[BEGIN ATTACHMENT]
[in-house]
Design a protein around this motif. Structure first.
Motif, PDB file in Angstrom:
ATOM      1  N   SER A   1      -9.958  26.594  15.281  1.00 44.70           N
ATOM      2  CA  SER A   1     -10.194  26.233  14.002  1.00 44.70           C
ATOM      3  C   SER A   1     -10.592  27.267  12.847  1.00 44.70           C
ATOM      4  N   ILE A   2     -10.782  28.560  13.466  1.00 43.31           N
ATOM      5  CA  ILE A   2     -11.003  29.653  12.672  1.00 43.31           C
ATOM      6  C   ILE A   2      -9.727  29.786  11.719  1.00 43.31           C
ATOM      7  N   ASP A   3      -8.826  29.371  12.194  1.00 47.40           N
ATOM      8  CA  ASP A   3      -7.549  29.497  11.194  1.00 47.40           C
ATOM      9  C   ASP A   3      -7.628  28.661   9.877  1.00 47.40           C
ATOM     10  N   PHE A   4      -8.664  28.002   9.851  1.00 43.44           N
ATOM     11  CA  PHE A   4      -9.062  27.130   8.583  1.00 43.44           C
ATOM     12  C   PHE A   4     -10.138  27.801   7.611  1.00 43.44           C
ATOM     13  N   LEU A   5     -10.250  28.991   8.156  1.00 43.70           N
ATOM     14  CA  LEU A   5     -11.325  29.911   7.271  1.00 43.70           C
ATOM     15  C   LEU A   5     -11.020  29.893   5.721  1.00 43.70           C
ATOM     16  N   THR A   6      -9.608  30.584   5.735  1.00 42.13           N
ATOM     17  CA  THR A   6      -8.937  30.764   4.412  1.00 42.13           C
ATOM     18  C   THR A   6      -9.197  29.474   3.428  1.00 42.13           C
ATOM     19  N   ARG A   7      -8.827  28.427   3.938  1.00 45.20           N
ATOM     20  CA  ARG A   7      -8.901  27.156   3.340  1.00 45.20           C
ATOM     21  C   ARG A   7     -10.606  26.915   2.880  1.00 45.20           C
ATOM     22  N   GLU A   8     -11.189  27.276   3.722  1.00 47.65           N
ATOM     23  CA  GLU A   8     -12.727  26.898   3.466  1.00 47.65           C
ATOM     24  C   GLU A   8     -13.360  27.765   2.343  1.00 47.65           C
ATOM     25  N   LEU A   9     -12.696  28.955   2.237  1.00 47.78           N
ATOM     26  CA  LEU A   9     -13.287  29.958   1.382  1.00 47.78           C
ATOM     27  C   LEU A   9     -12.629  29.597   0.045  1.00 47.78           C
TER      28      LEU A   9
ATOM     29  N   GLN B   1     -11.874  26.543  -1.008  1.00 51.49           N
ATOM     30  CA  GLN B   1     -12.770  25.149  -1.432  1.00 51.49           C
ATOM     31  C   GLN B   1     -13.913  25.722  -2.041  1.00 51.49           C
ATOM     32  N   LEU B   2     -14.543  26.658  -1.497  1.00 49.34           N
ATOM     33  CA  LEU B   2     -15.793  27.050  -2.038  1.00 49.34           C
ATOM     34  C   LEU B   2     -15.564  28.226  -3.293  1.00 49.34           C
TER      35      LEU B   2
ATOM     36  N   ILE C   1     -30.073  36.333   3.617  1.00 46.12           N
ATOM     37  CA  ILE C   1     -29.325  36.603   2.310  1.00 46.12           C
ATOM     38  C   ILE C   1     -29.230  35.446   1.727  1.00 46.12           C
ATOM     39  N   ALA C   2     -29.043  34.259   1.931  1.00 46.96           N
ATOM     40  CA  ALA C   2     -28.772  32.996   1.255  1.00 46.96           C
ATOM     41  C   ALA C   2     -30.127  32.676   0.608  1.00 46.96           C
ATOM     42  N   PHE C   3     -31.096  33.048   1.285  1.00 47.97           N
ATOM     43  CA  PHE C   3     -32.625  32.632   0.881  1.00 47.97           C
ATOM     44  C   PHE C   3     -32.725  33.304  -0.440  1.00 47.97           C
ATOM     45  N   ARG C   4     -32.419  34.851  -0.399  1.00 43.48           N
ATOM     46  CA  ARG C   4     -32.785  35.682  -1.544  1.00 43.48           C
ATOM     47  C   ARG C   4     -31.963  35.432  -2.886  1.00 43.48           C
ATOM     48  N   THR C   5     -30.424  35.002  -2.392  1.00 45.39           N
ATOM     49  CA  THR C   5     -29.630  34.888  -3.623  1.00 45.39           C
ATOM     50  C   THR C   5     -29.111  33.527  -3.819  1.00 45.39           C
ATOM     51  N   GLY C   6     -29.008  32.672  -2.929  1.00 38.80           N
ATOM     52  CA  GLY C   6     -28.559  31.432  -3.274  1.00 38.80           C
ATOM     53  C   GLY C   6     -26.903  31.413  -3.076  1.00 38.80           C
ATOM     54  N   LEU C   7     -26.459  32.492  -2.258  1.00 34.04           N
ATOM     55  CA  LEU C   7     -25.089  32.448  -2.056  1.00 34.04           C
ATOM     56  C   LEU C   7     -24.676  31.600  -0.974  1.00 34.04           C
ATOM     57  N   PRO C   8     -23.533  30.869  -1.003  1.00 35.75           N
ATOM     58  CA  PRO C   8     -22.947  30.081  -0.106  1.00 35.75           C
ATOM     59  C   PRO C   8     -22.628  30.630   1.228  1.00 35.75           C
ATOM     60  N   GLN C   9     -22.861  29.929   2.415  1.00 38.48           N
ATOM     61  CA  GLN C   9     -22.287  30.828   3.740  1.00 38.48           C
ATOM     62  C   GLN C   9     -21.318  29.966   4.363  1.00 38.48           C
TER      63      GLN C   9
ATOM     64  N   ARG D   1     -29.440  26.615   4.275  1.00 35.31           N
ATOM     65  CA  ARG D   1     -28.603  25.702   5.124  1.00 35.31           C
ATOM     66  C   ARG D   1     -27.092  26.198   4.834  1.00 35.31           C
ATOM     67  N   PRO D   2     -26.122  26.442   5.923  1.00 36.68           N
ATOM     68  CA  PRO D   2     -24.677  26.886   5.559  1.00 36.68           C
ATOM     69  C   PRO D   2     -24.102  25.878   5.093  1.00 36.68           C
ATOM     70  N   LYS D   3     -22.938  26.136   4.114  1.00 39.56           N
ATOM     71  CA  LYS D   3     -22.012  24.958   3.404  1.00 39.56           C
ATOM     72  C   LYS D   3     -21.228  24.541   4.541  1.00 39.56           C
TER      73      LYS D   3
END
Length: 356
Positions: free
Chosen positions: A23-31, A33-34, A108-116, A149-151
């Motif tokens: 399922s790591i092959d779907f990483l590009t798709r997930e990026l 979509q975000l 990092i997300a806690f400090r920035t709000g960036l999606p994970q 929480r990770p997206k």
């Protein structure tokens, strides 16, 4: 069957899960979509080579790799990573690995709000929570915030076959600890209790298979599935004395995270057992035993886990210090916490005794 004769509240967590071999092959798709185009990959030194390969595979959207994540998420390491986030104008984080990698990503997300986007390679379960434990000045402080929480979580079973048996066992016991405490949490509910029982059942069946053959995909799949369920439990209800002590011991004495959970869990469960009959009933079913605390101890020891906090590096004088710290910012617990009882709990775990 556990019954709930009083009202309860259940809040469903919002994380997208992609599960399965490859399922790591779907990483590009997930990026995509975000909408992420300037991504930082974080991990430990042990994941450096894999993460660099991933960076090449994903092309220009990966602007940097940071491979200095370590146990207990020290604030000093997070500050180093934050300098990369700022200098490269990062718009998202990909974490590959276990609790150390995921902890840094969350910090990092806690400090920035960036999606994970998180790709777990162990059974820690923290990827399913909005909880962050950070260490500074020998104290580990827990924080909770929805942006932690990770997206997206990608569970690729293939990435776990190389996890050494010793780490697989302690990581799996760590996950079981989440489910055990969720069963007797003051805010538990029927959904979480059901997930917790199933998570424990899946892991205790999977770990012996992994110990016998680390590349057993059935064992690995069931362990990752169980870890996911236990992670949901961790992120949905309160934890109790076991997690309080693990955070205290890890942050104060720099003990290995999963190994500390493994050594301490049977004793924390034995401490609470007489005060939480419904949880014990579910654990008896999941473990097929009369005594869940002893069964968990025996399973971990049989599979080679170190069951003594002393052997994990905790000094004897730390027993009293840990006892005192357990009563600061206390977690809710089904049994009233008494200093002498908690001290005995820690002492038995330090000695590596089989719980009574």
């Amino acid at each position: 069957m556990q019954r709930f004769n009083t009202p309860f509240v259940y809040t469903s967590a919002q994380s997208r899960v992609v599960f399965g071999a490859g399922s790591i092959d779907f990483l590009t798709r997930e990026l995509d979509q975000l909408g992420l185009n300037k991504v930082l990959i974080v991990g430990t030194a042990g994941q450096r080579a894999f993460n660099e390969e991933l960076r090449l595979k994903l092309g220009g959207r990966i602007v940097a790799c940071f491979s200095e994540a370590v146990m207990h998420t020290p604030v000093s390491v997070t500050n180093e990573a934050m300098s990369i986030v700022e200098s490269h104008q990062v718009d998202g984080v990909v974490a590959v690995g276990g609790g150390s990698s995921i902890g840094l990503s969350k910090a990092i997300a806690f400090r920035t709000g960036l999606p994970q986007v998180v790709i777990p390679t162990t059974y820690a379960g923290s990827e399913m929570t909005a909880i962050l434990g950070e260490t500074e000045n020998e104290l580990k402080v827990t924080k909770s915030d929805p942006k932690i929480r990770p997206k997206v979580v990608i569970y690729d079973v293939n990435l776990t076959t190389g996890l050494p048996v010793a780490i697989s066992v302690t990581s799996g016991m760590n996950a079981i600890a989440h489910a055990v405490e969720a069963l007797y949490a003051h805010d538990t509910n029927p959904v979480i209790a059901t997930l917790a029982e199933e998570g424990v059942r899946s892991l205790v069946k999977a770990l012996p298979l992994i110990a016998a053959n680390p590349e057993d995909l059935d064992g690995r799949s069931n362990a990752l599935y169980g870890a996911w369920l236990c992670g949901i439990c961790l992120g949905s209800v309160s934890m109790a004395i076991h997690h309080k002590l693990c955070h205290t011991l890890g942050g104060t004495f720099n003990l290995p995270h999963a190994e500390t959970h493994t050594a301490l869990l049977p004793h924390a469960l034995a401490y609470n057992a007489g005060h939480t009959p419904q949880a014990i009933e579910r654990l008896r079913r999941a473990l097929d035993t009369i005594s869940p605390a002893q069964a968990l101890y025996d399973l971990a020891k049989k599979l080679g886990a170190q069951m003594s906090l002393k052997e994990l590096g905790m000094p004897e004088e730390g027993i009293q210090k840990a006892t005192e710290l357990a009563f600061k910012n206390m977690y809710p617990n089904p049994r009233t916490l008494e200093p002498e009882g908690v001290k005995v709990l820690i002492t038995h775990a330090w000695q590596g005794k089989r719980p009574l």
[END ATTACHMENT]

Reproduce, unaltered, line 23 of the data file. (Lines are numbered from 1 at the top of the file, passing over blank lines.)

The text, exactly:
ATOM     20  CA  ARG A   7      -8.901  27.156   3.340  1.00 45.20           C